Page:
When A Parent Dies

No matter what kind of relationship we have or don’t have with a parent, everything changes when a parent dies.

Dad in Washington, DC Cropped Image

My dad, Oscar John Trepanier, who passed away three years ago today, had a complex relationship with me though he was not a complex man. Forces beyond his awareness or control shaped the choices he would make that caused him to regret a lot of his life.

Thrown together by circumstances in his last several years, our relationship finally found an even keel and we could see each other more clearly as the individuals we had been and were becoming.

Being his personal care manager and part-time support worker, on call 24 hours a day, was one of the most stressful and challenging times of my life, but because of the healthy, happy changes in our relationship, I would not change a thing.

Even the fifteen thousand dollars debt I incurred so I could be available for him to meet his care needs and to provide him with things and experiences to make his quality of life better than it could have been, I would do again.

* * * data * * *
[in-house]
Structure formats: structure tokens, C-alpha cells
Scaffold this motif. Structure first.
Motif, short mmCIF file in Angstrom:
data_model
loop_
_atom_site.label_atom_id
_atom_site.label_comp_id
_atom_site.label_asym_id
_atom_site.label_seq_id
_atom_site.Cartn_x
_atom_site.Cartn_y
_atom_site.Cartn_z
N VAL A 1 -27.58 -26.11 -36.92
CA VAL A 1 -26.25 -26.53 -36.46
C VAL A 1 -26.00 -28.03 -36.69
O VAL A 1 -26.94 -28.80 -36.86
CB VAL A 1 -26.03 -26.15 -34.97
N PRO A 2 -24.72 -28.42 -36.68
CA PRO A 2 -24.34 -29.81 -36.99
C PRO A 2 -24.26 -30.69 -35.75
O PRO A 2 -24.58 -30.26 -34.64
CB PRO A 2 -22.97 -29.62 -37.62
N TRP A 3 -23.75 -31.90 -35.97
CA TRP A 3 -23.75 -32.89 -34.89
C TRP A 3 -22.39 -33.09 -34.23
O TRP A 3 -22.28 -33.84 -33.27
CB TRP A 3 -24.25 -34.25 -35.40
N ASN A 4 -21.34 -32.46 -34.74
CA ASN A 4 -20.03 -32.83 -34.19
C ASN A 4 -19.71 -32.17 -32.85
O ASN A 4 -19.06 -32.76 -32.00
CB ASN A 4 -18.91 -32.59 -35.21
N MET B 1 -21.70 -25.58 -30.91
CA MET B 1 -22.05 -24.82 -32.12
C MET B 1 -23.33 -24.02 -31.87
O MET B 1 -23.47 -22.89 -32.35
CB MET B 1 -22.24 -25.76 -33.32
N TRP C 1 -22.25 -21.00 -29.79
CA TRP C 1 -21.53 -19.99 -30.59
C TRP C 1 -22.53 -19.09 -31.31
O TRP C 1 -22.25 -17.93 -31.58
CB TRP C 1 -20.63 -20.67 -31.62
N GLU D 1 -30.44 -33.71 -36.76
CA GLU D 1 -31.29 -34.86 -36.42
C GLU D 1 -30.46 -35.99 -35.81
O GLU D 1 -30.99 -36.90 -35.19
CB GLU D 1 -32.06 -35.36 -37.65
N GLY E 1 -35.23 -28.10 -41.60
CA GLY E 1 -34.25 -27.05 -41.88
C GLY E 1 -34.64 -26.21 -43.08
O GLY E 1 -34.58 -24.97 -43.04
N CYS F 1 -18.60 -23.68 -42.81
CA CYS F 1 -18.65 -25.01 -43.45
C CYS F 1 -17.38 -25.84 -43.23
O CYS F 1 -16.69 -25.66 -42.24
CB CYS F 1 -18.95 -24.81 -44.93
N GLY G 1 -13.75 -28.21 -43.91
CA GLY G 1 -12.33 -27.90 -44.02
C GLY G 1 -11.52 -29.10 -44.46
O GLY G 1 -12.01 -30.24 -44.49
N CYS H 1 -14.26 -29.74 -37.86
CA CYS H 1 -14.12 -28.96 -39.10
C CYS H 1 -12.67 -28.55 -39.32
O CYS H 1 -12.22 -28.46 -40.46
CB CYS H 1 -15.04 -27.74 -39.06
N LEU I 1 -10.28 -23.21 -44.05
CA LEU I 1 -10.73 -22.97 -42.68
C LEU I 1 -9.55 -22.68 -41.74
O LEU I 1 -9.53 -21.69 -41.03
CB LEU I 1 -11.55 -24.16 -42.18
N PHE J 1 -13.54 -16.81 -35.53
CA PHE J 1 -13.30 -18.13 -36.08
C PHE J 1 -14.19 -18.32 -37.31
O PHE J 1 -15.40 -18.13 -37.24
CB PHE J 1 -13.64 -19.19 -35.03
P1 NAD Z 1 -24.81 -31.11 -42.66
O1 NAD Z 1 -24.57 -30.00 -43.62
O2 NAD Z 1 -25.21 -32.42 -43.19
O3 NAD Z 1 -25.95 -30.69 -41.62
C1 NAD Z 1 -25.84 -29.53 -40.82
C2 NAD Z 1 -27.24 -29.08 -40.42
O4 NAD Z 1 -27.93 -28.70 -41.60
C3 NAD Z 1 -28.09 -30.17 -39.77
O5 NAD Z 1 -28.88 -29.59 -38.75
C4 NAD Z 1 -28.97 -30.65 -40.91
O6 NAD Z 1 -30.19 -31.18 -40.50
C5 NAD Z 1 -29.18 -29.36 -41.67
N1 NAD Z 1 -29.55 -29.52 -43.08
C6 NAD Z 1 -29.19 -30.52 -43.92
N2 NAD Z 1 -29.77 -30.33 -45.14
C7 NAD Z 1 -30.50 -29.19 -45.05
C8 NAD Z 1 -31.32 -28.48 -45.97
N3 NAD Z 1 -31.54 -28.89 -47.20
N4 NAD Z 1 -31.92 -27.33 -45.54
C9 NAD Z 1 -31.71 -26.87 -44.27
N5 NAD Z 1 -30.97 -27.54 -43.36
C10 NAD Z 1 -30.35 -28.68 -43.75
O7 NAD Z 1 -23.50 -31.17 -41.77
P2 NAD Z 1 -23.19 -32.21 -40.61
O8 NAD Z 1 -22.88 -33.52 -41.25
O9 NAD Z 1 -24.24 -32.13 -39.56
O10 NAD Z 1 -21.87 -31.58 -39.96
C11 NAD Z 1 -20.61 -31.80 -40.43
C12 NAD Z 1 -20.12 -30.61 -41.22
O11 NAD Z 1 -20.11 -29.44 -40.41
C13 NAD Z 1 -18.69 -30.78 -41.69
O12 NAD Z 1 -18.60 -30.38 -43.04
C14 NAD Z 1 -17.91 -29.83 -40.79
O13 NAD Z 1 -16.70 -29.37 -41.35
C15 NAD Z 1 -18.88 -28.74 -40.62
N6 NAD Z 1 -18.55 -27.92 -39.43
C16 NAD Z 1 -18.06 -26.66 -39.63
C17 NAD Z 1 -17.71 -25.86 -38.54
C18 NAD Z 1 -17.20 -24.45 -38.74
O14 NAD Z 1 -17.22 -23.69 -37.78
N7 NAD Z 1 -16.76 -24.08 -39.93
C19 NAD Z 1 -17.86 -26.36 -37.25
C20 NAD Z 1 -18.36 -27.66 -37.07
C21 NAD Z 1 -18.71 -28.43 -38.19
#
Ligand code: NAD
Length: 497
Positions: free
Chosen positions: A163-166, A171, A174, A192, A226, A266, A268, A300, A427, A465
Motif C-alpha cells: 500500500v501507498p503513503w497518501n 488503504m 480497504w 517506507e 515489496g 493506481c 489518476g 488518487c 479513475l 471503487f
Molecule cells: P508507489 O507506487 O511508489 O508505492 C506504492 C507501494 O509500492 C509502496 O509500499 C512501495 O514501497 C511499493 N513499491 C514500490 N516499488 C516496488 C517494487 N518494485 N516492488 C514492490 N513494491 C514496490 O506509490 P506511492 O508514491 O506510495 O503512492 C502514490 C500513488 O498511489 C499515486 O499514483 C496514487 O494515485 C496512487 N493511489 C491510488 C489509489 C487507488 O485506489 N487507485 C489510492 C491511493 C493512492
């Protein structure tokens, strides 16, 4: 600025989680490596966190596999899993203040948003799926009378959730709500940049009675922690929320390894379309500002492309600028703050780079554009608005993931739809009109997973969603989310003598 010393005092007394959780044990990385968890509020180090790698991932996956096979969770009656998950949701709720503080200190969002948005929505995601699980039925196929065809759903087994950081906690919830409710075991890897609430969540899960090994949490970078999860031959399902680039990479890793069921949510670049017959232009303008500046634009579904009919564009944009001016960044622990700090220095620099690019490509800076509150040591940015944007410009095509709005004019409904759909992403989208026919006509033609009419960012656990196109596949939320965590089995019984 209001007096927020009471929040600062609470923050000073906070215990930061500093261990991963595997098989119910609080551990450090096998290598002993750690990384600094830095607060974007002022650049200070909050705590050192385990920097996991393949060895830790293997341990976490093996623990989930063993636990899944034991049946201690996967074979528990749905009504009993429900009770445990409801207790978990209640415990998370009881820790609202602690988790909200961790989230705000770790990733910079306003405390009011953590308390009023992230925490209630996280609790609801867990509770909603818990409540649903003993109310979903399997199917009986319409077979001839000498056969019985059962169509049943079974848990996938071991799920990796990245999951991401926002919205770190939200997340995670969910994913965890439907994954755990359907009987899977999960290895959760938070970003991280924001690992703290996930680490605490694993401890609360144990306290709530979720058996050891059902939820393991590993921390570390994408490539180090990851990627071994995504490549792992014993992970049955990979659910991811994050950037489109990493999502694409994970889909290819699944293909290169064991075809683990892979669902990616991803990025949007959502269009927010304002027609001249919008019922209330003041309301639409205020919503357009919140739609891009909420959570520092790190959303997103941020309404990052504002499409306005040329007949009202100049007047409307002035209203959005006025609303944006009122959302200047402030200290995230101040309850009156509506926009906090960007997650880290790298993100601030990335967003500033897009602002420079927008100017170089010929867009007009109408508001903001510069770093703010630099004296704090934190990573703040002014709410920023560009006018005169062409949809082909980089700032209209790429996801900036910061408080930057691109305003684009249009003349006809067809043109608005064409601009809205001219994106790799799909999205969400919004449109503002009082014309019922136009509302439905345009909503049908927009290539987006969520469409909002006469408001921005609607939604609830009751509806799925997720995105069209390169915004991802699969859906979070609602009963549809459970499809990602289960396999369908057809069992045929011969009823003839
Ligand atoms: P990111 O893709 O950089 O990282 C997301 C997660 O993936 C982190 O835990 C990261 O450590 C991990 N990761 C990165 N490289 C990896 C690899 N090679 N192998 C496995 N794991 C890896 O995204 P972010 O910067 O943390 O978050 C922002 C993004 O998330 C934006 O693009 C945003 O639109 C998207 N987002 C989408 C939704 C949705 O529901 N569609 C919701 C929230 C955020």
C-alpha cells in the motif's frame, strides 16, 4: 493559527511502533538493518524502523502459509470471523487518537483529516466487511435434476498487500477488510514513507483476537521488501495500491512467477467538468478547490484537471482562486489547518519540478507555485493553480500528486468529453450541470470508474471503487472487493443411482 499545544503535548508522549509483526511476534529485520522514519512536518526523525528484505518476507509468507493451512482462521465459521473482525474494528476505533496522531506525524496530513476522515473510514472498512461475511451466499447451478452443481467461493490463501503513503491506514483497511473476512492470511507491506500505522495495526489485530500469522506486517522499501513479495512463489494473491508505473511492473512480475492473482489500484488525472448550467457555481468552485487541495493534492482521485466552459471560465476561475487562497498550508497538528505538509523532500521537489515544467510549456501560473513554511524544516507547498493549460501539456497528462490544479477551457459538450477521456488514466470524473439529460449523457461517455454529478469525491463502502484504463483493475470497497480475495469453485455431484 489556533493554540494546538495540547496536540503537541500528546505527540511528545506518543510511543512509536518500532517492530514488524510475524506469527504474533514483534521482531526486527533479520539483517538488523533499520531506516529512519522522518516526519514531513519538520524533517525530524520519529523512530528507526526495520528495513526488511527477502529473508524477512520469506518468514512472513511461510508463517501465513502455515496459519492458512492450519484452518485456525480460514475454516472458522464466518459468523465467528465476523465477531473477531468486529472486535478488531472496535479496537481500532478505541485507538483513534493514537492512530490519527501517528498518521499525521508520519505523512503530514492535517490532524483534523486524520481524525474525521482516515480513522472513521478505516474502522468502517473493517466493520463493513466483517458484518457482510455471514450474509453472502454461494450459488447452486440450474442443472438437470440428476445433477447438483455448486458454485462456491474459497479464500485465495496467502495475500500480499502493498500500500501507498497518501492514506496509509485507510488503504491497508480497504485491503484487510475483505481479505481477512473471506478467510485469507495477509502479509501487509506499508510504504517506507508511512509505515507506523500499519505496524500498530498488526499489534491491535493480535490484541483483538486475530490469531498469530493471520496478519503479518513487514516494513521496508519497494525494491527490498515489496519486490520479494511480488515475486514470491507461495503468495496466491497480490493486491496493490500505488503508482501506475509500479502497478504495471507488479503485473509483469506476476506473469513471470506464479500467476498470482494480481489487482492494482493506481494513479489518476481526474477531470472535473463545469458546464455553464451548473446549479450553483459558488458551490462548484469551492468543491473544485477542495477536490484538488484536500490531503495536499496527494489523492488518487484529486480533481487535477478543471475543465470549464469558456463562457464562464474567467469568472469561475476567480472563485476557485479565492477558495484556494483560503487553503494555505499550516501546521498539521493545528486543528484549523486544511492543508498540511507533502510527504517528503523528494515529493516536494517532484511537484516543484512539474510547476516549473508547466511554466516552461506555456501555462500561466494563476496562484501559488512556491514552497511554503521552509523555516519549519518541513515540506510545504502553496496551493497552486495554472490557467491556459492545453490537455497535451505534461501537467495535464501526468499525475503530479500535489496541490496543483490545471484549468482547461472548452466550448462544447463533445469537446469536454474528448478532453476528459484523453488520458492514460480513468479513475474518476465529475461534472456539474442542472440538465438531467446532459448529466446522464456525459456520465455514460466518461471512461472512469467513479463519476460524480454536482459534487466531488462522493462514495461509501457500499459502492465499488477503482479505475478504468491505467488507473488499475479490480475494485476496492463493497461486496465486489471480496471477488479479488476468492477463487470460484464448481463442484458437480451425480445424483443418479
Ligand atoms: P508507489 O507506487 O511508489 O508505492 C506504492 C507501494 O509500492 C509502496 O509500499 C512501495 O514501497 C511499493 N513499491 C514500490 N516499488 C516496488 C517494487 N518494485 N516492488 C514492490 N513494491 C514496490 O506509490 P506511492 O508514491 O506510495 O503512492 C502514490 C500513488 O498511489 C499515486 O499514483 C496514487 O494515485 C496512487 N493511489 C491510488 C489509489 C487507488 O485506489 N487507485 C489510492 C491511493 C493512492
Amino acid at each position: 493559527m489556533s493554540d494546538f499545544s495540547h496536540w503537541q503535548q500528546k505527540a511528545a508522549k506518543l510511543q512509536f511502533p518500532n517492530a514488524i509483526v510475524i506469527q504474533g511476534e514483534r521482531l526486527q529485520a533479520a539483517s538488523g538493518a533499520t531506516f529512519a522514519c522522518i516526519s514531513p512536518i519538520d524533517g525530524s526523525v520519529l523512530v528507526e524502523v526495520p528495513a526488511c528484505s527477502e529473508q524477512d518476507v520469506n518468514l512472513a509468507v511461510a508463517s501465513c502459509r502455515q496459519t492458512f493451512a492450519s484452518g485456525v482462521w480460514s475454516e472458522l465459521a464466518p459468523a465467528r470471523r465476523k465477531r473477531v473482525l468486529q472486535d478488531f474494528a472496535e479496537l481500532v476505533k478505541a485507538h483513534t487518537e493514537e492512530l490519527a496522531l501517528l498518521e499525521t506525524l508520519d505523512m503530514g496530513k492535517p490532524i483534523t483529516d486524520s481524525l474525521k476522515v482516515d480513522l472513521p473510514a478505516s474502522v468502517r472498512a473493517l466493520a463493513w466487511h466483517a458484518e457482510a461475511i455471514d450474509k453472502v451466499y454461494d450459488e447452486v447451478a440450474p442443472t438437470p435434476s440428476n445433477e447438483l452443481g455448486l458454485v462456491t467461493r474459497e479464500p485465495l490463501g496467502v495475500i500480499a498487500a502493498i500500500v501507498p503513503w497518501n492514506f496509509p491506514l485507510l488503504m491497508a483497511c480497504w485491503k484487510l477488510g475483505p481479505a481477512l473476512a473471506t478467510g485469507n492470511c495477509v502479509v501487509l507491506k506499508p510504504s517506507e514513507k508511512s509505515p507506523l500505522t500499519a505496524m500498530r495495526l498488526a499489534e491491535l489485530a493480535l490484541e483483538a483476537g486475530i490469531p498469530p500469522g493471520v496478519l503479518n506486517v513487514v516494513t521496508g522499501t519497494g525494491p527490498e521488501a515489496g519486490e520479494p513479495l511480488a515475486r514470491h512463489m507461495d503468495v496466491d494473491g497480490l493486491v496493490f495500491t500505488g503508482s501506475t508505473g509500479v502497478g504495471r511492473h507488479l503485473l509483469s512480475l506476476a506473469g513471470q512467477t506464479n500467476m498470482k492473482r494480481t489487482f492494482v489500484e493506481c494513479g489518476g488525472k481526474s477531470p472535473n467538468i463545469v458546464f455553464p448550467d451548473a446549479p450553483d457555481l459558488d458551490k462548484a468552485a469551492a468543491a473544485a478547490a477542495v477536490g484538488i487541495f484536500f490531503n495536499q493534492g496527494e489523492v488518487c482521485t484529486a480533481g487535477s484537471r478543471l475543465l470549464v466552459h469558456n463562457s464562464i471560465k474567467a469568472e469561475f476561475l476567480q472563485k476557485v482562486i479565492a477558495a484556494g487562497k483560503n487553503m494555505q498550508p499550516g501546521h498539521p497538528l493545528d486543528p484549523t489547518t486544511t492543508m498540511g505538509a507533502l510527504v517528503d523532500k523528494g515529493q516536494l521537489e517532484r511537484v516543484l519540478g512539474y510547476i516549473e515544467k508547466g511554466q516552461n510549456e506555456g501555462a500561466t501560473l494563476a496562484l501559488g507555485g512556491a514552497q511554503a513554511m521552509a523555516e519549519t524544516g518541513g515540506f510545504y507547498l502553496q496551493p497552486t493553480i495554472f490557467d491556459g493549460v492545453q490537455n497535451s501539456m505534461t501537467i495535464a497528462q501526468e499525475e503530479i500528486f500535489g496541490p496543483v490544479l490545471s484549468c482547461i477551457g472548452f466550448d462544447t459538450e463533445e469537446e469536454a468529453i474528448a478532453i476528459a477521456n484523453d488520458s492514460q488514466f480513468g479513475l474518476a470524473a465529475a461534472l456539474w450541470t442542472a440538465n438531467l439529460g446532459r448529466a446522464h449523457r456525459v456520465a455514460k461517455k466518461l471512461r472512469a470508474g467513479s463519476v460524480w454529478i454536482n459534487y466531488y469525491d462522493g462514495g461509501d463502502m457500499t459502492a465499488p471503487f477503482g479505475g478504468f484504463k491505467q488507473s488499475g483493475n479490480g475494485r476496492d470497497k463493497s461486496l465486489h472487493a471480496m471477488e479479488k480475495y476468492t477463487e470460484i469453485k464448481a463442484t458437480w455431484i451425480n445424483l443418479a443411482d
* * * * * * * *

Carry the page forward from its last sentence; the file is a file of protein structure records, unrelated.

Why? Because no matter what happened and didn’t happen between us, he was my dad.

As for me, I knew it was just going to be a matter of time before I would clear up the debt and get my own finances in good shape, even better than ever before. Another valuable lesson taught to me by my dad … learning from his mistakes created by his low “Respect Level” for his self for reasons he did not understand and therefore could not control … but I do and will, breaking a chain, or what the Bible calls a generational curse.

Thank you Dad. Miss you and pray you are finally at rest peacefully.

Your eldest daughter,

Kaitlin, once known as Debra

March 20, 2018


Advocate Innovator Entrepreneur Founder Author Artist Speaker

Connecting The Dots With The Respect Principle

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